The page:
Things seem to be looking worse for the economic situation of Ireland today as interest on Irish Ten Year Bonds has hit a new high of 8.62% up from 7.96% yesterday. Looking at the chart over on Bloomberg, it is a frightening view. This now places Ireland’s bonds 650 basis points above the benchmark AAA German Bundesbank Bonds.
With this new increase, it will mean it will also cost more to insure against default.
Which all together will make it very expensive to borrow money next year, when we run out of money, with or without a budget!
It is obvious that the markets are showing no trust in the current FF/Green Government.But will they change tactics? I don’t think so. Will the markets trust them? Probably not without a General Election.
Businessweek reports that this move of the market also means that it will be more expensive to trade in Irish Bonds as LCH Clearnet are demanding “its clinets place a larger deposit when trading Irish government bonds”.
This has added further pressure to Irish bonds as they are adding 15% to the 5.26% they currently charge.
“This is LCH recognizing that the markets are quite serious about the potential for Ireland to default or restructure,” said Simon Penn, a market analyst at UBS AG in London.
Will Ireland default? Its looking more and more likely.
The Government has today decided on an approach to the recapitalisation of credit institutions. The Government’s objective is to ensure the long-term sustainability of the banking sector in Ireland and to underpin its contribution through the availability of credit to individuals and businesses in the real economy. This initiative will help to foster and encourage the flow of funds to the economy, and limit the impact of financial market difficulties on businesses and individuals.
My question is, can we afford this recapitalisation? Gerard O’Neill of Turbulence Ahead has an excellent post pointing out the fact that Ireland is one of a few countries facing the possibility of Sovereign Default. The others are Belgium, Denmark, Luxembourg, Switzerland, Sweden, the Netherlands and the UK. Will this announcement make it worse?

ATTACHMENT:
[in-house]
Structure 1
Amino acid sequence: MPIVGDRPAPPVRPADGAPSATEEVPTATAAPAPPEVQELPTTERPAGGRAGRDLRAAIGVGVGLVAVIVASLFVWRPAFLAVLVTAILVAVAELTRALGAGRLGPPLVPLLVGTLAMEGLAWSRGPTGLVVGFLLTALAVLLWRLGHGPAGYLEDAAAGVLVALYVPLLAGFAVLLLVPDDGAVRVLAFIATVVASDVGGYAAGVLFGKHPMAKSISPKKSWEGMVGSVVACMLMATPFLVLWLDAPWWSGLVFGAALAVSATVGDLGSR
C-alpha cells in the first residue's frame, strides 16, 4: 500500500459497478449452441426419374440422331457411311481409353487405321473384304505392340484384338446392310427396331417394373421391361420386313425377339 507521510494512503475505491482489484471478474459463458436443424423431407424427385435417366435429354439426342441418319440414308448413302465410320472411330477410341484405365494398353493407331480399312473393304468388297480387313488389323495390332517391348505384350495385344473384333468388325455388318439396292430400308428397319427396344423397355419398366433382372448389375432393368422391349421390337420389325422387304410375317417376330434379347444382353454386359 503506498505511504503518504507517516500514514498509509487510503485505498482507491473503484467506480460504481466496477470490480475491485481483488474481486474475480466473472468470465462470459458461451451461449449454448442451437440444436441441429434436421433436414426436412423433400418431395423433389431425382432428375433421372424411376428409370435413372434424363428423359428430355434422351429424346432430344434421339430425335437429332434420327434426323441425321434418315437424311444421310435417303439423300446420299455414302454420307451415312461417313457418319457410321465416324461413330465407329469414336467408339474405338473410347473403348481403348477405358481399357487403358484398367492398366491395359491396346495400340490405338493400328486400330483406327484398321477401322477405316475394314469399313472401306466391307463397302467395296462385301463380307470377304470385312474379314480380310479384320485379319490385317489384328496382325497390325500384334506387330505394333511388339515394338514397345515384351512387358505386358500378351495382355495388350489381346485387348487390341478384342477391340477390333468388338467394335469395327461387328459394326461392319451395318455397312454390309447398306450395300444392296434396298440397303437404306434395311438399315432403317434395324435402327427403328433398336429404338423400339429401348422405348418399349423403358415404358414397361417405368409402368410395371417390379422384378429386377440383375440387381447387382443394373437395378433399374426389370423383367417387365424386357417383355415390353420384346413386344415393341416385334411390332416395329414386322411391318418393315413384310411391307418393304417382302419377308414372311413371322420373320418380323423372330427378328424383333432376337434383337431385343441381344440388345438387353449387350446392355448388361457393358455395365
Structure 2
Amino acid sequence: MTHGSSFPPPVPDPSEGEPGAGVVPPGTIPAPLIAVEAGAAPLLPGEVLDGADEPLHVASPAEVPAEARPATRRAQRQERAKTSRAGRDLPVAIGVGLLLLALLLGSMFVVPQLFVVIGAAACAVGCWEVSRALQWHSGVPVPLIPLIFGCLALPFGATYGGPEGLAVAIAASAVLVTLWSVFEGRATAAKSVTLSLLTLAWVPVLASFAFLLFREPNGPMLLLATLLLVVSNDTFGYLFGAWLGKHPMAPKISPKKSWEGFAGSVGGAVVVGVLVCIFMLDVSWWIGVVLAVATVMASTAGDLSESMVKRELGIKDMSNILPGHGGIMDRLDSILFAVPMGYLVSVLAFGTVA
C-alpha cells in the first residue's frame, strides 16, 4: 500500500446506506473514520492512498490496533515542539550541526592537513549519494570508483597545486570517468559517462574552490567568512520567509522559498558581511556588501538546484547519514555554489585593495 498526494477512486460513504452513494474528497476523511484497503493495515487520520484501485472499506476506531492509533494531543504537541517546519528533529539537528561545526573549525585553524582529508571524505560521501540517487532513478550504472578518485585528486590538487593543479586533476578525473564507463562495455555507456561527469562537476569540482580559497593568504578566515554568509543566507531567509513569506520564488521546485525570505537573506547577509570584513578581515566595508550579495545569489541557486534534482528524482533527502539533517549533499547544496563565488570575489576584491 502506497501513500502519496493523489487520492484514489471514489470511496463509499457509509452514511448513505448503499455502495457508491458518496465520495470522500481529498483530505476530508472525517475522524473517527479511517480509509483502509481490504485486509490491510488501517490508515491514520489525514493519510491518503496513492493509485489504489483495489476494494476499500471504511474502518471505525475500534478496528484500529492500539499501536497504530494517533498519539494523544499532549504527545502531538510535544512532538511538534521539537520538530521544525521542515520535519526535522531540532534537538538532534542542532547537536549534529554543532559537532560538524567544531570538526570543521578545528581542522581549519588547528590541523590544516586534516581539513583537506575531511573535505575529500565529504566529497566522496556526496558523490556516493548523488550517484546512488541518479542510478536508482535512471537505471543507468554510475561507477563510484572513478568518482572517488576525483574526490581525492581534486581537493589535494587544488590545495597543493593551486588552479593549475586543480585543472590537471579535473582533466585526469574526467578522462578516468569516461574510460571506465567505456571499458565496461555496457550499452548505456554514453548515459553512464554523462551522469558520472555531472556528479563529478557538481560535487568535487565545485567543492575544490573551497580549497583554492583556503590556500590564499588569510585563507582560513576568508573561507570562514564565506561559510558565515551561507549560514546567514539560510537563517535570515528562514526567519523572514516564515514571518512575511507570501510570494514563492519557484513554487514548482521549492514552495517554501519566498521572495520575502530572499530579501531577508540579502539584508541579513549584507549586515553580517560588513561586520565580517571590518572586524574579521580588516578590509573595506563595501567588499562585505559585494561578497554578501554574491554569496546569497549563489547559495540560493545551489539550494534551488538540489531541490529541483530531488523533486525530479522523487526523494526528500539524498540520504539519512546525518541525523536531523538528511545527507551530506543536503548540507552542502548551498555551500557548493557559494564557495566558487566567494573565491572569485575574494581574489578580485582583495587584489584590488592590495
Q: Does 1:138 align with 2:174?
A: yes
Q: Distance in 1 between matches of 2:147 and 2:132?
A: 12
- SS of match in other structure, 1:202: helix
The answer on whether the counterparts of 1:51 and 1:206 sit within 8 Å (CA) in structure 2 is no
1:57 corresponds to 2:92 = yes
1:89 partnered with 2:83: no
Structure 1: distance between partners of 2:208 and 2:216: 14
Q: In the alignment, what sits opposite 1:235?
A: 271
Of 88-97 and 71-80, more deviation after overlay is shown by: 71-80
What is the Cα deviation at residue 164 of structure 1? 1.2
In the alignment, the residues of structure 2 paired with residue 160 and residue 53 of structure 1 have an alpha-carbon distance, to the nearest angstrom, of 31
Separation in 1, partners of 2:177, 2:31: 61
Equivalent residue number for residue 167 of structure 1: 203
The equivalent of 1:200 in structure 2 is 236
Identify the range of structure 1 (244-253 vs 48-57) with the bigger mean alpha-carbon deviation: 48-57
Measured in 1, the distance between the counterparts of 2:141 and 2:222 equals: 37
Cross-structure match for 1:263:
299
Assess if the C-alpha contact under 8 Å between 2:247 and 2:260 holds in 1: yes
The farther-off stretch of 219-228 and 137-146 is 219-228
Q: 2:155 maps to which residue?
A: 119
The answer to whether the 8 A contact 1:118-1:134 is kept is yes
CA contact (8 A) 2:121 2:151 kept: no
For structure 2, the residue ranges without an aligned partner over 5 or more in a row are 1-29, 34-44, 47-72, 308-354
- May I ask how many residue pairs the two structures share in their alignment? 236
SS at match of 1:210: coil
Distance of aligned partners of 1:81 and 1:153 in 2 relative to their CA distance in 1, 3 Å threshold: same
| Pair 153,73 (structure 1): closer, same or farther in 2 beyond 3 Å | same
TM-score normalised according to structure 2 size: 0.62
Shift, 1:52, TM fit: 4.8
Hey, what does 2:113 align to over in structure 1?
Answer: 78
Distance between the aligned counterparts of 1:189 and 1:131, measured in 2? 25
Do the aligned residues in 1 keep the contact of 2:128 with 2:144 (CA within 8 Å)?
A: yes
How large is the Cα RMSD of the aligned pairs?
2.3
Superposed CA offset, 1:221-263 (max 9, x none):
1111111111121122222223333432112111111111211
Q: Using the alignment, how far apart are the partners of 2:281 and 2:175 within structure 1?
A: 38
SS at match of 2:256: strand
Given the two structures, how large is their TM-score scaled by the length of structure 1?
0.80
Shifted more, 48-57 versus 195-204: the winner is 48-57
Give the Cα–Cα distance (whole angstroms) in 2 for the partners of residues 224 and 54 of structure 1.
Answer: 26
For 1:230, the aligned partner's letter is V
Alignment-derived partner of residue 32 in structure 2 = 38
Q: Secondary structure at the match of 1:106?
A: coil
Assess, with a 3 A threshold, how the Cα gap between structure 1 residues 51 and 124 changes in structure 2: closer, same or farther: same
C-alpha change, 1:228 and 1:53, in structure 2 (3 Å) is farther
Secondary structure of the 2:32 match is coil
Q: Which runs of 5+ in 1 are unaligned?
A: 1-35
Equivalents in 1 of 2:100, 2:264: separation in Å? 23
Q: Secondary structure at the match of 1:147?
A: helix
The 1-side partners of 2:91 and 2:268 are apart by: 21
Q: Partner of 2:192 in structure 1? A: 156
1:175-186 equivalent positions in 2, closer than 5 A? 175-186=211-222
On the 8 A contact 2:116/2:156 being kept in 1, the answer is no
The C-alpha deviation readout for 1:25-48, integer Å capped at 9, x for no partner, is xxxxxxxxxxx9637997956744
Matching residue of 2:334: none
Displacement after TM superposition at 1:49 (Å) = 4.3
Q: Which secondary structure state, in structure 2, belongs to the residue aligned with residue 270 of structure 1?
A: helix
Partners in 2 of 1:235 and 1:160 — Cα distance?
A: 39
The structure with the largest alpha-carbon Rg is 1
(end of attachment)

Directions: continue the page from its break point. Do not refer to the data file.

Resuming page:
The Government will use the National Pensions Reserve Fund to recapitalise the banks. This will be done through the purchase of “preference shares and/or ordinary shares and the State may where appropriate participate on an underwriting basis.” Excising shareholders “will be expected to have the right to subscribe for new capital on the same terms as the Government”
The question is will this do anything? In the UK there has been no easing of credit lines and that it is the point of this move as the statement says the “initiative will help to foster and encourage the flow of funds to the economy, and limit the impact of financial market difficulties on businesses and individuals”
I’m not so convinced.
The proof of the offering will be in the bank shares at close tomorrow. Especially Anglo Irish Bank who’s shares closed at 38c on Friday.
The scheme will come into operation next month following discussions and negotiations. I wonder will we see mergers?
At the weekend I attended Young Fine Gael’s annual Summer School which took place in Carlingford in County Louth a beautiful location.
It was a different summer school then normal with motions being discussed after a welcome from the local Councillor, Cllr Terry Brennan. Mairead McGuinness MEP chaired this session. We had 6 motions to be discussed and exactly half passed with the others failing.
The motions that passed were allowing Provisional Drivers to drive unaccompanied between 6am and 9pm and a curfew between 9pm and 6am; a motion backing staggered nightclub closing times; and a motion praising the Civil Partnership Bill.
The Moions that failed were on Removing God from Bunreacht Na hEireann; restricting free legal aid to repeat offenders; and the banning of Hijabs and Burkas in public buildings (including schools)
After we had a session on Social Partnership which was chair by Leo Varadkar TD. In this part we had Jim Power, of Friends First, arguing against Partnership and John White of the ASTI arguing for it. I went in with an open mind on where I stood on it, but no without an understanding. I knew what was involved since we had to study it at Uni. I came out with a clear impression that we do not need partnership “at any cost” like some in Government seam to be looking for. If there a partnership agreement it needs to be sensible, we are heading into uncertain times and we cannot afford frivolous agreements.
While partnership has played some role since the late 80’s in where we are today it is not be all and end all. There were many contributing factors. We can survive without partnership look at the number of countries that do use it to the level that it is used here.
Of course I will wait to see the new agreement before I will see whether or not I think it should continue!
David McWilliams had an interesting column in yesterdays indo. While he is on the right track on what caused the economic downturn we are now facing
In economic history, no sovereign country has faced a property downturn, inspired by a ridiculous credit binge, resulting in such huge personal debts without devaluing its currency.